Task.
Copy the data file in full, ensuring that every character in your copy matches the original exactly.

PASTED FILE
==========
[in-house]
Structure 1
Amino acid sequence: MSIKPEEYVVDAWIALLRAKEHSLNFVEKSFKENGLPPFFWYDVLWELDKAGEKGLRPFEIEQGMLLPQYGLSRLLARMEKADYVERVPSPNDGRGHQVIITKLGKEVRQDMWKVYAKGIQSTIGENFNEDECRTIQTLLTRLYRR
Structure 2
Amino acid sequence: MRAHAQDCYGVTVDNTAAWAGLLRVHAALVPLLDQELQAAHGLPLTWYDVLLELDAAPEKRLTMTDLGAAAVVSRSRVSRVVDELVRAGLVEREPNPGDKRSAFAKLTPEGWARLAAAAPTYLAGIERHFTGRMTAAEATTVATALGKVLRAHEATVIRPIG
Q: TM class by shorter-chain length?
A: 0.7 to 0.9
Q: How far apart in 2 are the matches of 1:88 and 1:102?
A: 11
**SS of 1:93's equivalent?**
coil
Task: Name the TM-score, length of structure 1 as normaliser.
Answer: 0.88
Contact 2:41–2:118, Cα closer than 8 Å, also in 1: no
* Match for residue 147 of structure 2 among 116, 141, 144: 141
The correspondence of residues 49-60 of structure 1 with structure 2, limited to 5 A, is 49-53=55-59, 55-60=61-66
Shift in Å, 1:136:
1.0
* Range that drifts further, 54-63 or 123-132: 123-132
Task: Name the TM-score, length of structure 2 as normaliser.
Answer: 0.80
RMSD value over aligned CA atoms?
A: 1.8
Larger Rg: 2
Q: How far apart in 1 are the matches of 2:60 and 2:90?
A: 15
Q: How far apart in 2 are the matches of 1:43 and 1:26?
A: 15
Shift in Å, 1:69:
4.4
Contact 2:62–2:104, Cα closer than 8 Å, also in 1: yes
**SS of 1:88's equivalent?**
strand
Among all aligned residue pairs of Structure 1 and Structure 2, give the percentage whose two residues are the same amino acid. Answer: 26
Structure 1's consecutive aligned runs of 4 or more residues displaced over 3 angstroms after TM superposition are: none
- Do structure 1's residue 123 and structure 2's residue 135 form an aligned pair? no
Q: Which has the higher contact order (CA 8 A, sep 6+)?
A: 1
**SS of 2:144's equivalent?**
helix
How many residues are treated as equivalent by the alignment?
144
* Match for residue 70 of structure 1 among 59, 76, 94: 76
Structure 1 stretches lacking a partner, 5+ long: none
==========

[in-house]
Structure 1
Amino acid sequence: MSIKPEEYVVDAWIALLRAKEHSLNFVEKSFKENGLPPFFWYDVLWELDKAGEKGLRPFEIEQGMLLPQYGLSRLLARMEKADYVERVPSPNDGRGHQVIITKLGKEVRQDMWKVYAKGIQSTIGENFNEDECRTIQTLLTRLYRR
Structure 2
Amino acid sequence: MRAHAQDCYGVTVDNTAAWAGLLRVHAALVPLLDQELQAAHGLPLTWYDVLLELDAAPEKRLTMTDLGAAAVVSRSRVSRVVDELVRAGLVEREPNPGDKRSAFAKLTPEGWARLAAAAPTYLAGIERHFTGRMTAAEATTVATALGKVLRAHEATVIRPIG
Q: TM class by shorter-chain length?
A: 0.7 to 0.9
Q: How far apart in 2 are the matches of 1:88 and 1:102?
A: 11
**SS of 1:93's equivalent?**
coil
Task: Name the TM-score, length of structure 1 as normaliser.
Answer: 0.88
Contact 2:41–2:118, Cα closer than 8 Å, also in 1: no
* Match for residue 147 of structure 2 among 116, 141, 144: 141
The correspondence of residues 49-60 of structure 1 with structure 2, limited to 5 A, is 49-53=55-59, 55-60=61-66
Shift in Å, 1:136:
1.0
* Range that drifts further, 54-63 or 123-132: 123-132
Task: Name the TM-score, length of structure 2 as normaliser.
Answer: 0.80
RMSD value over aligned CA atoms?
A: 1.8
Larger Rg: 2
Q: How far apart in 1 are the matches of 2:60 and 2:90?
A: 15
Q: How far apart in 2 are the matches of 1:43 and 1:26?
A: 15
Shift in Å, 1:69:
4.4
Contact 2:62–2:104, Cα closer than 8 Å, also in 1: yes
**SS of 1:88's equivalent?**
strand
Among all aligned residue pairs of Structure 1 and Structure 2, give the percentage whose two residues are the same amino acid. Answer: 26
Structure 1's consecutive aligned runs of 4 or more residues displaced over 3 angstroms after TM superposition are: none
- Do structure 1's residue 123 and structure 2's residue 135 form an aligned pair? no
Q: Which has the higher contact order (CA 8 A, sep 6+)?
A: 1
**SS of 2:144's equivalent?**
helix
How many residues are treated as equivalent by the alignment?
144
* Match for residue 70 of structure 1 among 59, 76, 94: 76
Structure 1 stretches lacking a partner, 5+ long: none